An earache that is caused by a cold or allergy can be treated to relieve pain and pressure. An earache caused by an infection within the ear is more serious. It can be treated at home, but it is best to see a doctor because, depending upon the severity, antibiotics may be necessary.
For an earache, you can try a few different things. Put a few drops of peppermint oil in the ear. Use a cotton ball so you don’t overdo it. Just squeeze a saturated cotton ball lightly to let a few drops fall in the ear. It will tingle, but should also provide relief. You may also try a similar technique with hydrogen peroxide. Lie with the aching ear up and put a few drops of peroxide in it. Remain in that position for five minutes. The peroxide will dry out excess moisture. Applying a hot, wet washcloth to the affected ear can bring instant, although not long-lasting, relief. Just be sure it is not hot enough to burn the skin. It’s time to seek medical help if the symptoms do not go away or lessen after two days of home treatment or if the pain is very severe.
Unfortunately, allergies and colds cannot be cured. You can, however, treat the symptoms effectively to make them more bearable. For colds, you can relieve symptoms as you wait for the infection to pass. For allergies, your best bet is to avoid the allergen, but you can also treat the symptoms.
For colds, there are a few natural supplements that are thought to reduce the duration of the virus in your body. These include Echinacea, zinc, vitamin C-rich foods like citrus and broccoli, and garlic. To prevent getting a cold in the first place, you can consume these foods and supplements, which may boost your immune system.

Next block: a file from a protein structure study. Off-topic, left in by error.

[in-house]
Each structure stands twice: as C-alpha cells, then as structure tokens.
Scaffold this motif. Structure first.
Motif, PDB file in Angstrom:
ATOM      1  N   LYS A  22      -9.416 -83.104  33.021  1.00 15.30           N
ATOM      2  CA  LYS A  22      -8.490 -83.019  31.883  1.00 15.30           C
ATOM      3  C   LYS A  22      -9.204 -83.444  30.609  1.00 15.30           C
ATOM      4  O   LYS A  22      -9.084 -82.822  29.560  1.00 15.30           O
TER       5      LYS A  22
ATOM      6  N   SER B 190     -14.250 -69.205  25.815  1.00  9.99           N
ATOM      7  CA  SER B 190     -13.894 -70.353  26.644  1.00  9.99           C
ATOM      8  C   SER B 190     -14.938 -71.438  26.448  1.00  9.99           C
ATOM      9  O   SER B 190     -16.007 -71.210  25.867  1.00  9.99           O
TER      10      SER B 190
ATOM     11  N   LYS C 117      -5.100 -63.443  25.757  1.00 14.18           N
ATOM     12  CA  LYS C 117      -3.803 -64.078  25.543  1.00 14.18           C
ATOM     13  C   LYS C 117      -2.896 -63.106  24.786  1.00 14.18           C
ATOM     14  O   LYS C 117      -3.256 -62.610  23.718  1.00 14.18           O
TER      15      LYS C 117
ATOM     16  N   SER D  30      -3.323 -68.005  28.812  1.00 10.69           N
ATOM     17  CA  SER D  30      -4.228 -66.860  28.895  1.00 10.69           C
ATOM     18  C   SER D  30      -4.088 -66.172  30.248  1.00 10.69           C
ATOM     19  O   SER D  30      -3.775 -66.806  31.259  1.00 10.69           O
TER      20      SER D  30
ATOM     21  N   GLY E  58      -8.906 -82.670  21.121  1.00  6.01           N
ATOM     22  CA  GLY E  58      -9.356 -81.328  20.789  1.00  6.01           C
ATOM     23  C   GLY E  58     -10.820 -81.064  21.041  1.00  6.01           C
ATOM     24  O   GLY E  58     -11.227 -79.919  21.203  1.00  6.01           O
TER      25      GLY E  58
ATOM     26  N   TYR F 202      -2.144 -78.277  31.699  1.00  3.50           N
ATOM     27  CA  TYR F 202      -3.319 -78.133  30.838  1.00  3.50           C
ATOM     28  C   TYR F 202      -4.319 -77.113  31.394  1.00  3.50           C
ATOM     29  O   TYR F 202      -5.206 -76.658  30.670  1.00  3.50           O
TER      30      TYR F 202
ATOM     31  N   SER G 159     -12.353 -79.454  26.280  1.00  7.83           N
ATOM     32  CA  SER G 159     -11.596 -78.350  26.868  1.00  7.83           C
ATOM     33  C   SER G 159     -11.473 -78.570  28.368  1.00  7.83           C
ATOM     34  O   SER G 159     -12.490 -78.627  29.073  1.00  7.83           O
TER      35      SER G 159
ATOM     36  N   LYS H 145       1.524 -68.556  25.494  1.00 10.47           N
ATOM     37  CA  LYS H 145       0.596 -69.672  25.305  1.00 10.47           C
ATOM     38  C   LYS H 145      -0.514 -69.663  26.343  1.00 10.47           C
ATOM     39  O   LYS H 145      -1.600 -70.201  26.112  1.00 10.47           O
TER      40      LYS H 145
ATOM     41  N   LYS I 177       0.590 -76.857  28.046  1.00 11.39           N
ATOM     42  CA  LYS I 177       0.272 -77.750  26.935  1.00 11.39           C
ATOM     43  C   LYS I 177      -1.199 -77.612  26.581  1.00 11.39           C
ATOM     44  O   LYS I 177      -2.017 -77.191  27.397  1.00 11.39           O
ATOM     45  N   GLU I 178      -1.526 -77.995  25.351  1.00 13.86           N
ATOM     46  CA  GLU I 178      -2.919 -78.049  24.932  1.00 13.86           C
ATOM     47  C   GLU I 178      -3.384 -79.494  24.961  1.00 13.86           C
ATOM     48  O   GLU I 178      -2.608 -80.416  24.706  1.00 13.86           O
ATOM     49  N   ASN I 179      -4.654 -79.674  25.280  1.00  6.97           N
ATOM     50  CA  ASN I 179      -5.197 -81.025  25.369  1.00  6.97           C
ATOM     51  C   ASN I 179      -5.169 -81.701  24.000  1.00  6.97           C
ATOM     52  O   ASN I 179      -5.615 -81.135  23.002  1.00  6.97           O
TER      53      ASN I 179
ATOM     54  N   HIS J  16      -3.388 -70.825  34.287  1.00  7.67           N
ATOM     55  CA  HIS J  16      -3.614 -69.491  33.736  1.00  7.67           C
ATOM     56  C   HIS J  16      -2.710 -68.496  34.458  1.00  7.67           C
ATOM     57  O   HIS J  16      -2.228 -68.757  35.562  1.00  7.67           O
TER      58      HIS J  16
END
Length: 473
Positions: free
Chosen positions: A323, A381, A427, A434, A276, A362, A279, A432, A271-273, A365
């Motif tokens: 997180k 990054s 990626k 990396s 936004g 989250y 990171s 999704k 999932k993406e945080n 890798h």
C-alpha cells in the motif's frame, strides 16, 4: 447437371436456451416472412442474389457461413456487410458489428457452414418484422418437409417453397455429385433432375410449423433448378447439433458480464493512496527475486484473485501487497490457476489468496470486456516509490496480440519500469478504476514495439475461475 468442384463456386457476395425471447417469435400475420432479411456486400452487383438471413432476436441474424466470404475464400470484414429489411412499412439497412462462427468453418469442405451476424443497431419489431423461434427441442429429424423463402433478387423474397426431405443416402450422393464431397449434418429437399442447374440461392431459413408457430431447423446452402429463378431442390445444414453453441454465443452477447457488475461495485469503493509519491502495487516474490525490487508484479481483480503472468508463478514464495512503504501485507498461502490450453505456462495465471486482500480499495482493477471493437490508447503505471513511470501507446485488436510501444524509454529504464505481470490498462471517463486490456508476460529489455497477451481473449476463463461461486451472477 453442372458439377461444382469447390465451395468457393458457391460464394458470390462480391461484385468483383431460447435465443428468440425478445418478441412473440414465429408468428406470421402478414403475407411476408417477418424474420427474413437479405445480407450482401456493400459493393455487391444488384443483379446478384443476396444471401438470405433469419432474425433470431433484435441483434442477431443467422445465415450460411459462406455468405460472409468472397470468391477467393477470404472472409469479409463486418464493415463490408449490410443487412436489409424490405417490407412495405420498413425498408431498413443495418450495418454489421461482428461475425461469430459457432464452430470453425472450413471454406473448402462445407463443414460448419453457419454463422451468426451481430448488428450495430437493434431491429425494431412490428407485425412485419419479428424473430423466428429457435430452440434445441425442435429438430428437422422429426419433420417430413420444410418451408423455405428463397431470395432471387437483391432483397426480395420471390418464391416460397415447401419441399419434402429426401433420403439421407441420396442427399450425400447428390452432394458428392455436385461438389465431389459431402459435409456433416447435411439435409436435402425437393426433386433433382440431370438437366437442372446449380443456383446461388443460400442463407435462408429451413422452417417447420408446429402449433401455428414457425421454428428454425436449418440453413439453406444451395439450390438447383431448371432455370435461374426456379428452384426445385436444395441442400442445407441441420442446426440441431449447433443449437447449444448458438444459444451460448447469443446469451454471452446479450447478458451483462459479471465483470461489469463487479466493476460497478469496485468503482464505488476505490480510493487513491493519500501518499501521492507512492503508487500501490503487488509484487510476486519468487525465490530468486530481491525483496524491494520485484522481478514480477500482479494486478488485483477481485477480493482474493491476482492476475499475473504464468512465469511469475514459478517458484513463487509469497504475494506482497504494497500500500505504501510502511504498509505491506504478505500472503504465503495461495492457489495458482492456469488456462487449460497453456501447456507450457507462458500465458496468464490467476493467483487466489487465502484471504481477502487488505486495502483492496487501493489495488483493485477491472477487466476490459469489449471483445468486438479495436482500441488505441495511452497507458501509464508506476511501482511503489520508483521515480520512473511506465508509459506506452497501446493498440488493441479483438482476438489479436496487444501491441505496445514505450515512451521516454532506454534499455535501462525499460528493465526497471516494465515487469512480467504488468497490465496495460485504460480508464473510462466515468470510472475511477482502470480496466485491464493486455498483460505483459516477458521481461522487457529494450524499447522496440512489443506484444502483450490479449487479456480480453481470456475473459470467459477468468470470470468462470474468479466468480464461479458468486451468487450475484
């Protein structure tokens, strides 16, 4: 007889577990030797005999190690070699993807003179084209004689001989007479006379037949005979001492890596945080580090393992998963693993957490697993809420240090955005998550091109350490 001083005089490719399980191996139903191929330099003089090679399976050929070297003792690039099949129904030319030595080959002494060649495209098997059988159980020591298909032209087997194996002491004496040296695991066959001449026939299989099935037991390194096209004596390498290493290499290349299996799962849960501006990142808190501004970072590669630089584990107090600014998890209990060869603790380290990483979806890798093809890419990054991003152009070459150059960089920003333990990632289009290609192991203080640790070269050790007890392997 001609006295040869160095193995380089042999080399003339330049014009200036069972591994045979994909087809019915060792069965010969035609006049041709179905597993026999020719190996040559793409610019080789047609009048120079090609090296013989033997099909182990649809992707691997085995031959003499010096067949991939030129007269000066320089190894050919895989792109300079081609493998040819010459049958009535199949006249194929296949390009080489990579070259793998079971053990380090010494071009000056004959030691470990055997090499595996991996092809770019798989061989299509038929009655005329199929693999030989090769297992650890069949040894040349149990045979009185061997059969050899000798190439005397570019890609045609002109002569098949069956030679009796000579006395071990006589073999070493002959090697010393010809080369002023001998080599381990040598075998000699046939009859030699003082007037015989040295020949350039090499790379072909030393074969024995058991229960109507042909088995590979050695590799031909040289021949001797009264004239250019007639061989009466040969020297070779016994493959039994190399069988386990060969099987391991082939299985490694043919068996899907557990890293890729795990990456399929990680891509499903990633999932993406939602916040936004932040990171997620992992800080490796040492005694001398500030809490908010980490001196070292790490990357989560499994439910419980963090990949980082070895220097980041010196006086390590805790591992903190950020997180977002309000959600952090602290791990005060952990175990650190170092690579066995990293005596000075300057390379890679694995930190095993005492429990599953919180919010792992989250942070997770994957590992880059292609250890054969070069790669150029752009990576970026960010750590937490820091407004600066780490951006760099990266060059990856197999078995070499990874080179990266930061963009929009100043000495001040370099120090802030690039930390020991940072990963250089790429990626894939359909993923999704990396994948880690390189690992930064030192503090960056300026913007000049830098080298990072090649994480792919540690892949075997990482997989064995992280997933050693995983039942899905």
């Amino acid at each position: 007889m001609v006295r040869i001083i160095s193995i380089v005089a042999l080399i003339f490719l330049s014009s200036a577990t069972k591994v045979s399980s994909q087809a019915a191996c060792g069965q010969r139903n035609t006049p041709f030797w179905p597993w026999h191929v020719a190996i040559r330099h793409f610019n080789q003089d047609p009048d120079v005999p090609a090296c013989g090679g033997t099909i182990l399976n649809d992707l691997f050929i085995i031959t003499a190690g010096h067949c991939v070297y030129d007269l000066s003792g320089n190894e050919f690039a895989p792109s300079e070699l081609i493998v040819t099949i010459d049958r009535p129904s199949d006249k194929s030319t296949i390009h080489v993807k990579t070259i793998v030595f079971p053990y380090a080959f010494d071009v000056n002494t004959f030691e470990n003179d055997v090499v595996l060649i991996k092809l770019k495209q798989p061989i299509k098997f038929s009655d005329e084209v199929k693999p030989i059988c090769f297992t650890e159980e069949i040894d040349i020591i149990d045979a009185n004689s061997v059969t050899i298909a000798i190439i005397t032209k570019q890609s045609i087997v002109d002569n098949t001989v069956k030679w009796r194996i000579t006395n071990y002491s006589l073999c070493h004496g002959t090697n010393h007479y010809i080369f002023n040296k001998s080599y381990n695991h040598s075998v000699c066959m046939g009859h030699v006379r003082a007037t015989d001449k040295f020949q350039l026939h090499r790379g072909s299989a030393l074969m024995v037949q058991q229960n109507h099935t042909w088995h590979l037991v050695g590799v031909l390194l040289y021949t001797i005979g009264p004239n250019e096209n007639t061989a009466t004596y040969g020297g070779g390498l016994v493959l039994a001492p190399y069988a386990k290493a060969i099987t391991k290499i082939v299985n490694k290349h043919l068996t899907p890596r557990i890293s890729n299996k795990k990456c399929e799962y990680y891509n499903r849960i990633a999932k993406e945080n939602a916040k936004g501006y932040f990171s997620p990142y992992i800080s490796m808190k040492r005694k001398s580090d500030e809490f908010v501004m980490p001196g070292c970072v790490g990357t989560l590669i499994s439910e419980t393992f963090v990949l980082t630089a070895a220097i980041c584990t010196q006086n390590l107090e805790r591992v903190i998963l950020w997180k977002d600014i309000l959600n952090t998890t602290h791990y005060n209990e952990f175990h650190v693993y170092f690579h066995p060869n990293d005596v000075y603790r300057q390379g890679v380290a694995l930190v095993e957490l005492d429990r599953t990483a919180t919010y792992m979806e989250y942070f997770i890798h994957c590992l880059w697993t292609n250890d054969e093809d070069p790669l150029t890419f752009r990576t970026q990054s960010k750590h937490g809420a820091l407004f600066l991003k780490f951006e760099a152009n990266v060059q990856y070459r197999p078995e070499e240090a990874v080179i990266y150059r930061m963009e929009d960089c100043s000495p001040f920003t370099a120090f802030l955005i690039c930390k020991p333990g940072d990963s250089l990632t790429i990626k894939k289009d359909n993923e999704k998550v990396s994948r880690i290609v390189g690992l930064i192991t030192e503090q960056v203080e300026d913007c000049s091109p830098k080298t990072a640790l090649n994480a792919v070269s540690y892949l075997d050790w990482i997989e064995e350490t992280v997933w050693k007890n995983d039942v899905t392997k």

To treat the symptoms of both colds and allergies, you have several natural options. Hot soups and teas are great ways to bring comfort. They help you stay hydrated, the steam can clear congestion, and the warm fluids are very soothing to the throat. A potent mix for fighting symptoms, especially before bed, includes hot tea, a shot of whiskey, a spoonful of honey, and a squeeze of lemon. This mix soothes the throat, stops coughing, and helps you relax.
A neti pot is a great, natural way to battle congestion and sinus pain from colds and allergies. You can find one at the drugstore or craft one for yourself. The pot simply makes pouring salt water into your nose easier. The point is to flush out your nasal passages, which relieves congestion, pressure, and pain, and even helps fight infection in the sinuses. It is a very simple and inexpensive treatment that yields outstanding results. Salt water is also great for the throat. To relieve soreness, gargle with saltwater several times a day. Just be sure not to swallow it.
The more information you have about the differences between colds, allergies, and ear infections, the better decisions you will be able to make. In most cases, you can adequately treat your symptoms naturally and inexpensively. But be sure to see a doctor or health care practitioner before starting any sort of treatment or when an infection seems more serious.
©2012 Off the Grid News